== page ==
The Russians do not want to receive their own vaccine. However, production will not stop; more and more vaccines are planned to be made in the future. The surplus can go to countries whose governments have good relations with the Russian government, for example, Hungary.
Moscow Time reports that Russia will supply more and more vaccines to those who require them. This is because, according to surveys, the Russian population does not trust the Sputnik vaccine and would prefer the Pfizer or Moderna vaccines. In contrast, Sputnik’s production is at unprecedented heights. This is partly due to the entry of a new manufacturer, writes Napi.hu.
The production of the Sputnik vaccine has encountered many difficulties. By the end of last year, 10 million doses had been promised, but only about half of that has arrived in Hungary by now. By early February, 7 million doses had been licensed. However, experts say this is all in the past and that production’s speed will rapidly increase. According to Vitalij Saknazarov, director of quality assurance at the pharmaceutical company COREX,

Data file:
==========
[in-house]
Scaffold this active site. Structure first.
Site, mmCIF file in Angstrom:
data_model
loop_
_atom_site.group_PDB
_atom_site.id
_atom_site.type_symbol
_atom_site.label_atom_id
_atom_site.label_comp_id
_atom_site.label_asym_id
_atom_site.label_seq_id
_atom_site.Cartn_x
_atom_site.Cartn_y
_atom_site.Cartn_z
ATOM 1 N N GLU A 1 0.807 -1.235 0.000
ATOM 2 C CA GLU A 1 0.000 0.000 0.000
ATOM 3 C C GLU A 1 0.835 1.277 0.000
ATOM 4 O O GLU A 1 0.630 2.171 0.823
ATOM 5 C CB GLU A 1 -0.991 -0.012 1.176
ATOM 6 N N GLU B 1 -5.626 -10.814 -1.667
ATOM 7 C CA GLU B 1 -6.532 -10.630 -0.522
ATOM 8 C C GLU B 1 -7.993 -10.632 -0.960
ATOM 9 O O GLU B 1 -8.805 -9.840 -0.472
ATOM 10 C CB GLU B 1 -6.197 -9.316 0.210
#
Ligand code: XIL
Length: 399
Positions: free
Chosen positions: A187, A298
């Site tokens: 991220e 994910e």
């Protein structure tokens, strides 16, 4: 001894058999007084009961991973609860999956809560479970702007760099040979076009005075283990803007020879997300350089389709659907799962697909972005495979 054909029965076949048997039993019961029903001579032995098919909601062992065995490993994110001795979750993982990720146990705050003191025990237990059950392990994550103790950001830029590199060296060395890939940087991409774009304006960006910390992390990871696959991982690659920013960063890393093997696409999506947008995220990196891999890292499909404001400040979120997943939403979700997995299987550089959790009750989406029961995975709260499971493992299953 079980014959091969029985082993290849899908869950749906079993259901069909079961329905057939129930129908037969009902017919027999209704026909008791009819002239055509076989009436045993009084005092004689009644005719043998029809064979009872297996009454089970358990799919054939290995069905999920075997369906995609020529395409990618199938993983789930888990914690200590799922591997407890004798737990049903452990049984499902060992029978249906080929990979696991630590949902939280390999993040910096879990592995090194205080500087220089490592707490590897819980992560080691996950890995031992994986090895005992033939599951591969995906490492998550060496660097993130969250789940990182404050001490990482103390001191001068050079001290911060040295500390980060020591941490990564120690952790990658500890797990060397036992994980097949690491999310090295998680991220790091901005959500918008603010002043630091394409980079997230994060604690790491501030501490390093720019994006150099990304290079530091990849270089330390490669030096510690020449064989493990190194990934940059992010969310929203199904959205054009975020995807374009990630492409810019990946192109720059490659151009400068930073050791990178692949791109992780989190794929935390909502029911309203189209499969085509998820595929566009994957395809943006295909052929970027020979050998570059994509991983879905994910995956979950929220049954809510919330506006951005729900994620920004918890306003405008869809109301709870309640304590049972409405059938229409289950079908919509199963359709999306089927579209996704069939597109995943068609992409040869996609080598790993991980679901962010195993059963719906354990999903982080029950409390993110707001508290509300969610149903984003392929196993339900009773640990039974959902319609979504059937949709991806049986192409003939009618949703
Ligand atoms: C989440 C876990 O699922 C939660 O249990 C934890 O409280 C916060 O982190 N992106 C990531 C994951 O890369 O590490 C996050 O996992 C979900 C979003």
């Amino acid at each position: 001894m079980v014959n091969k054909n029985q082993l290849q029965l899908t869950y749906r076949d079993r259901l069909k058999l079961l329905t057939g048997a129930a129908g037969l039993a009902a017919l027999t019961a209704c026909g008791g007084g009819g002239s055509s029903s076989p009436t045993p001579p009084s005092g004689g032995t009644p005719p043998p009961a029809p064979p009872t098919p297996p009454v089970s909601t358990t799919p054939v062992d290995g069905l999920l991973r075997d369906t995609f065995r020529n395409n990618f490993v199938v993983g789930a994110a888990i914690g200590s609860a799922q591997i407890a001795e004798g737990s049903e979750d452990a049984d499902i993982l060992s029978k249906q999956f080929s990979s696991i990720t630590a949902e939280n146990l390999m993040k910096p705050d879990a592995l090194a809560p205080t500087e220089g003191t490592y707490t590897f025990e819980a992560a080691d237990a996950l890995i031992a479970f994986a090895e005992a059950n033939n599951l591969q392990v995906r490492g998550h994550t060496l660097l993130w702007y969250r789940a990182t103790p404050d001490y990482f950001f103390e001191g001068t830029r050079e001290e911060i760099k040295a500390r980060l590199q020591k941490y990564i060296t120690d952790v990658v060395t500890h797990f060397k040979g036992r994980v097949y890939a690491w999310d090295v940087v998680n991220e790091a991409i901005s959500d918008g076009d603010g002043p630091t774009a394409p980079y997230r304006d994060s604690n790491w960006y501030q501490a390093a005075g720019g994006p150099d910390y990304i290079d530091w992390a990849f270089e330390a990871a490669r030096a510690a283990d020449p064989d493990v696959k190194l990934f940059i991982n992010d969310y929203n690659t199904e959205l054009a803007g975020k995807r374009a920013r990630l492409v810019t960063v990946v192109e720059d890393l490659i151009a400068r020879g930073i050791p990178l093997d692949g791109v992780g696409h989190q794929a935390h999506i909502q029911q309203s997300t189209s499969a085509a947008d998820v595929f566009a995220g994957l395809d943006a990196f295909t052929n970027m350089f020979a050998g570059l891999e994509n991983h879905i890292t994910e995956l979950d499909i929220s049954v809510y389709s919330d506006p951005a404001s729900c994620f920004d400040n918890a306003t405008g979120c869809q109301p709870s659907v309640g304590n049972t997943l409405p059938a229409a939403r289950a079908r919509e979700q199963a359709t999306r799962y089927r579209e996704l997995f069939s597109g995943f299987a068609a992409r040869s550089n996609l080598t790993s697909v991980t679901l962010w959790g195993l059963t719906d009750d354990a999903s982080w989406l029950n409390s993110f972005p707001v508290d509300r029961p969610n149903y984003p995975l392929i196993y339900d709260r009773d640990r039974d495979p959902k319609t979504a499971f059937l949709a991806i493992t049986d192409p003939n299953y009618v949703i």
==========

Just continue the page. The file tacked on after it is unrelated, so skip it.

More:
30 per cent of the total production of the Russian vaccine is aimed at foreign markets.
As a result of an unexpected issue with their production, only a third of the first shipment of 300 thousand doses promised to Hungary has arrived. However, this is about to change. A professor at the Skoltech Pharmaceutical Research Institute believes it realistic that the production capacity of the Sputnik V could be increased to 30 million doses per month by March and 40 million doses per month by June. R-Pharm, a pharmaceutical company owned by Russian billionaire Alexej Pepik, will also begin its production. This company alone can produce 10 million doses of the vaccine per month.
However, the future may hold challenges. Increasing production can cause shortages in certain raw materials. Moreover, another aspect that could potentially complicate the situation is the emergence of newer Russian vaccines.
One thing is for sure, the Russians’ desire to vaccinate will not curb the export of vaccines.
Both foreign and local polls suggest that the Russian population is sceptical towards their vaccine.
The distrust can best be explained by the fact that the vaccine was approved by the authorities before its tests were completed. The Russian government is confident that it will be able to vaccinate 60 per cent of the population by the end of 2021, but only a few experts believe in this goal.
It is much more likely that most Russian vaccines will be delivered to countries close to Russia, such as Hungary.